A Love Memorial™ is a keepsake or sympathy gift, going beyond the typical cards, flowers or food. It is a thoughtful creation showing compassion for each specific situation. Many samples will be provided, including; pressed flowers, metal, jewelry, scrapbooking, woodwork, decoupage, gardens, stone, glass, photography and photo montages. Community resources will provide literature on babysitting classes, support forums, alternative funeral options and more. Also joining us are local animal rescue groups with adoptable pets. Our fire and police departments will share safety tips.  After school food and beverages will be served. Energy work sessions will be offered, and music performed by Jennifer Cockman during the workshop.

Thursday September 23rd

2000 East Wendover Ave. from 3-6pm

 Bring and share your own memorial keepsakes. These may be an inspiration to someone else.

Come and meet our resources (click for more information)

More resources include

  • Ameriprise Financial- planning for the future
  • Colonial Life- employee benefits counselor
  • New York Life- life insurance protecting families
  • GDR Credit Solutions- affordable help for those in need of improving credit scores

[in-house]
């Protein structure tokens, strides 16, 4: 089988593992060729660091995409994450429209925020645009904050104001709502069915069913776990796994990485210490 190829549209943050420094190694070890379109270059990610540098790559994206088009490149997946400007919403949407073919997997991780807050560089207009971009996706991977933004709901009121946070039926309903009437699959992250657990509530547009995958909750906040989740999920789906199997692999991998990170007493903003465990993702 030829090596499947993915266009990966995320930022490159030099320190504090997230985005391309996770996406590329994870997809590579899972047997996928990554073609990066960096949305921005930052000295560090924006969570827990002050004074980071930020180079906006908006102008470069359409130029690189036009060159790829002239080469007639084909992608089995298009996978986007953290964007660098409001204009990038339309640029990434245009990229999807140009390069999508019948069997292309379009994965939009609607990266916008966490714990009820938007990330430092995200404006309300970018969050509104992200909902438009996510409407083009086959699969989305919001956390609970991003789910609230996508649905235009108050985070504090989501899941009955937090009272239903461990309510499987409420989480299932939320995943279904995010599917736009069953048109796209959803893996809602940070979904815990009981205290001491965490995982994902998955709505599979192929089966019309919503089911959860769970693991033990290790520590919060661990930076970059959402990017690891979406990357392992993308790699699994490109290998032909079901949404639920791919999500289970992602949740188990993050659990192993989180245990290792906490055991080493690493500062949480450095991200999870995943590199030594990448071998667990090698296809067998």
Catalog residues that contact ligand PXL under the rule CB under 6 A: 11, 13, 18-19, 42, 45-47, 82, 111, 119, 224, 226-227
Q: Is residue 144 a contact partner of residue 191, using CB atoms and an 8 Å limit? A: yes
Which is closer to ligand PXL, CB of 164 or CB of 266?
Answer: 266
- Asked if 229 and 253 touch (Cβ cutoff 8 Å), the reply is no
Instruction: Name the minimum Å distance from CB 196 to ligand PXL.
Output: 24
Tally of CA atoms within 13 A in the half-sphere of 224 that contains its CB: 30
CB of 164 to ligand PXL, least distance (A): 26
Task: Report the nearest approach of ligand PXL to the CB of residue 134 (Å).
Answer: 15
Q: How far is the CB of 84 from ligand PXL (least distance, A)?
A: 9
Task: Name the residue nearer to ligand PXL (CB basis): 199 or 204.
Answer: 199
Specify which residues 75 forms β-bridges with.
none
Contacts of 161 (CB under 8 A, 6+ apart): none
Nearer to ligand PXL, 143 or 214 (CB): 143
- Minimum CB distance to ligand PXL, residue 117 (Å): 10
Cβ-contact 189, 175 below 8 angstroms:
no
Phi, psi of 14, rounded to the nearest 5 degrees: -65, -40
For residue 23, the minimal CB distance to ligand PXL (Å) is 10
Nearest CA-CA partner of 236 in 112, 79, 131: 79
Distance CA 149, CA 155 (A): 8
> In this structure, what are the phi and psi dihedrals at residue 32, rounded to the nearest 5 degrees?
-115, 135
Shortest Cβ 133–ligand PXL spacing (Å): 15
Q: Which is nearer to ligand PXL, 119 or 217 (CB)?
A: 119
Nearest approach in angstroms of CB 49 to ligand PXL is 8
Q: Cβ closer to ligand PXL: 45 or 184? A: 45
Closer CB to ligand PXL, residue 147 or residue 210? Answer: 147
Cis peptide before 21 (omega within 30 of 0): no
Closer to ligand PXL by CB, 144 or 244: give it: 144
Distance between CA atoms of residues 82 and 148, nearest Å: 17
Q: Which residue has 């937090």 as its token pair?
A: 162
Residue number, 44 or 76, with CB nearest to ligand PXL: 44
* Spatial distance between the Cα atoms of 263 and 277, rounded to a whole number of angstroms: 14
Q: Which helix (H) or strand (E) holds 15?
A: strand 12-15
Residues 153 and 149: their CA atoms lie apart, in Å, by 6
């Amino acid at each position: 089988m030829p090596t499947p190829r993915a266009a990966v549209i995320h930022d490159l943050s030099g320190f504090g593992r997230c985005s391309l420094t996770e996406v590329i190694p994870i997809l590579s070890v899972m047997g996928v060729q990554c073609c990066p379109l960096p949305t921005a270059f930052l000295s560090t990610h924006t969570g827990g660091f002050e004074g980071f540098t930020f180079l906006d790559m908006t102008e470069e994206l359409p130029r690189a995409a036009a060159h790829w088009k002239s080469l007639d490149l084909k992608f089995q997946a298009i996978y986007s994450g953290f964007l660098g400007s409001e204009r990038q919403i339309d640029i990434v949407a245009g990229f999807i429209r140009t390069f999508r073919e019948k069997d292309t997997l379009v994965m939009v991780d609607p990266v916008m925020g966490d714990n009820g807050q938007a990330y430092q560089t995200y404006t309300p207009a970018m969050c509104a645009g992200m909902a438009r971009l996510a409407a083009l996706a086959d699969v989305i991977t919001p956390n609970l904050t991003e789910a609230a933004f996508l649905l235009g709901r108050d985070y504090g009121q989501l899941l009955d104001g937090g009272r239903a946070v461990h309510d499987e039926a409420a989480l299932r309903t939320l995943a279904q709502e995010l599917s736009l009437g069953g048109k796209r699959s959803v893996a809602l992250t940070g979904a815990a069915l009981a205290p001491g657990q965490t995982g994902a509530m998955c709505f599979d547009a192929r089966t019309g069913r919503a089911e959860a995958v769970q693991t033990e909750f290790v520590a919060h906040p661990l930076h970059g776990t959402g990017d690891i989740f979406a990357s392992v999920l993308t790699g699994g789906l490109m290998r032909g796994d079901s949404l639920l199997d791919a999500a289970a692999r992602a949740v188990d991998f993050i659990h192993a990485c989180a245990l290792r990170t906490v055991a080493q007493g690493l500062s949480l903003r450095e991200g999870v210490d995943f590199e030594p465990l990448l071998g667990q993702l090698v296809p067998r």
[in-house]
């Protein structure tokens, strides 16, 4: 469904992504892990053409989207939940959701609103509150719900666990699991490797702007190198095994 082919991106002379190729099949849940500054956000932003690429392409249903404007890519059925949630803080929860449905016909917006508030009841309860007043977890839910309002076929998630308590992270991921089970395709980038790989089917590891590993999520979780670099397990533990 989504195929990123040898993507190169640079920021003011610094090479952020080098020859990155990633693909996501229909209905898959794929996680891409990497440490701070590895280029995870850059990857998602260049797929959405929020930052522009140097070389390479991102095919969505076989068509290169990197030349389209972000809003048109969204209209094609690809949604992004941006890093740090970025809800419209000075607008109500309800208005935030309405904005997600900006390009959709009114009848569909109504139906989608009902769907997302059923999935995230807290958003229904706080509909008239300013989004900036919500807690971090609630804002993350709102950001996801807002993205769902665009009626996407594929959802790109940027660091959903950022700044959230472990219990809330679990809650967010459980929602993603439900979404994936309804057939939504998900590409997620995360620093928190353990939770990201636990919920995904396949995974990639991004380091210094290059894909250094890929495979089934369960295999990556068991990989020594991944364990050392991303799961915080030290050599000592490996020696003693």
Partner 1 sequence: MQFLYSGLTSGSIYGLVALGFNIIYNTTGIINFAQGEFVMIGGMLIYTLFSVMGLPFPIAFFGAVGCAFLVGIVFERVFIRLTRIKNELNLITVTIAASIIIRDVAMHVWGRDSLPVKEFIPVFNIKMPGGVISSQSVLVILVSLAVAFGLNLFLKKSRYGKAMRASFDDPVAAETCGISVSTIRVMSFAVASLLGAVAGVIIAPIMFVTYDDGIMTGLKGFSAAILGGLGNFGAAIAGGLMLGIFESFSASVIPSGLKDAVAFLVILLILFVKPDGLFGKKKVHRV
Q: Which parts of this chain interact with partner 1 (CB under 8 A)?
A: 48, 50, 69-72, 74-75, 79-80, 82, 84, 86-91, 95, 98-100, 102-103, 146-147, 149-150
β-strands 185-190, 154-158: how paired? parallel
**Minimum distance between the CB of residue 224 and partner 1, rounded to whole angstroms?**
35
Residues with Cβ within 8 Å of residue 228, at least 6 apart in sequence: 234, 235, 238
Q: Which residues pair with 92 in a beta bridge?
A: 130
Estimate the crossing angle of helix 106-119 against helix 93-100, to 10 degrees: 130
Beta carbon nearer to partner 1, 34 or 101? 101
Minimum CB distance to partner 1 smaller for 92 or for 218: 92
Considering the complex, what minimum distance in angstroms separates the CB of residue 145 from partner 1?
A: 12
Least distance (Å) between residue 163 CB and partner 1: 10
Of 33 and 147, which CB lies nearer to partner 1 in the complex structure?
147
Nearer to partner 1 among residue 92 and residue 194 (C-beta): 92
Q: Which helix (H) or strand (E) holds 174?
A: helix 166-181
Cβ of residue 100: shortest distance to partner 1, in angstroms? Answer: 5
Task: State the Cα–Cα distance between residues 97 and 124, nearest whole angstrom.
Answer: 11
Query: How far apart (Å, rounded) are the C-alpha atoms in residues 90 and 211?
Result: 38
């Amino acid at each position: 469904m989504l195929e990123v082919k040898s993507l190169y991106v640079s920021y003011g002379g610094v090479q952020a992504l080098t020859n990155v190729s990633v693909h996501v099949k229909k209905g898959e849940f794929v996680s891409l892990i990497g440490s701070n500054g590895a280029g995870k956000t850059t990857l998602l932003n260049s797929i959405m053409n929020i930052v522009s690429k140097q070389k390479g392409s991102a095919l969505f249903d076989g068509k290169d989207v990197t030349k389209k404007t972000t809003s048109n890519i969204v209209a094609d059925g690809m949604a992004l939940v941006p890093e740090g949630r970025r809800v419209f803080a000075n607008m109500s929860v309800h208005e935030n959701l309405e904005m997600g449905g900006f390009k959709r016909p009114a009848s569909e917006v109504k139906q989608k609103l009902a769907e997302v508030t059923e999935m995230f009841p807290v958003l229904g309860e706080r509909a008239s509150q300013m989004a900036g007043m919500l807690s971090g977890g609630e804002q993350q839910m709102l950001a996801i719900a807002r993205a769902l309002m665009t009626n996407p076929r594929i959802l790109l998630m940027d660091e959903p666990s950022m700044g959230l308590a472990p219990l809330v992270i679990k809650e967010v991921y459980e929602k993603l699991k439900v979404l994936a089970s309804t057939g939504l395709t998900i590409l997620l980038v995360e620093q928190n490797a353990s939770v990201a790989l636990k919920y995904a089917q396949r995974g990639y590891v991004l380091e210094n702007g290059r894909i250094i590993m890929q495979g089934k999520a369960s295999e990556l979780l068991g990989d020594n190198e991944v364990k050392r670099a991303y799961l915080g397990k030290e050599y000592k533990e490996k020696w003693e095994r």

It is never too late to remember……………..

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Helleborus orientalis or Lenten Rose makes the perfect memory garden plant for Zone 7. Lenten Rose is evergreen and blooms in the winter when the landscape offers little color. The bloom time begins in January and ends in April.

The foliage is coarse and looks beautiful combined with other shading loving plants of fine texture like; Autumn Ferns, Astilbe, or Bleeding Hearts.

If a loved one passed in the winter months the Lenten Rose would be an appropriate sympathy gift. This small plant reaching only 18 inches is ideal for small gardens, pots or townhouse patios. Helleborus can be easily transplanted if one moves to another residence.

As you see in the memory garden below, the Helleborus are blooming the same time as the tulips, in March. It is quite a spectacular display when the Helleborus, winter pansies, tulips, and daffodils are in peak bloom time. Just a gorgeous display of white flowers.

The Lenten Rose flower is quite unique when pressed. In the memorial below, Helleborus flowers were pressed between wax paper and then adhered to card stock with other flowers and the deceased child’s name.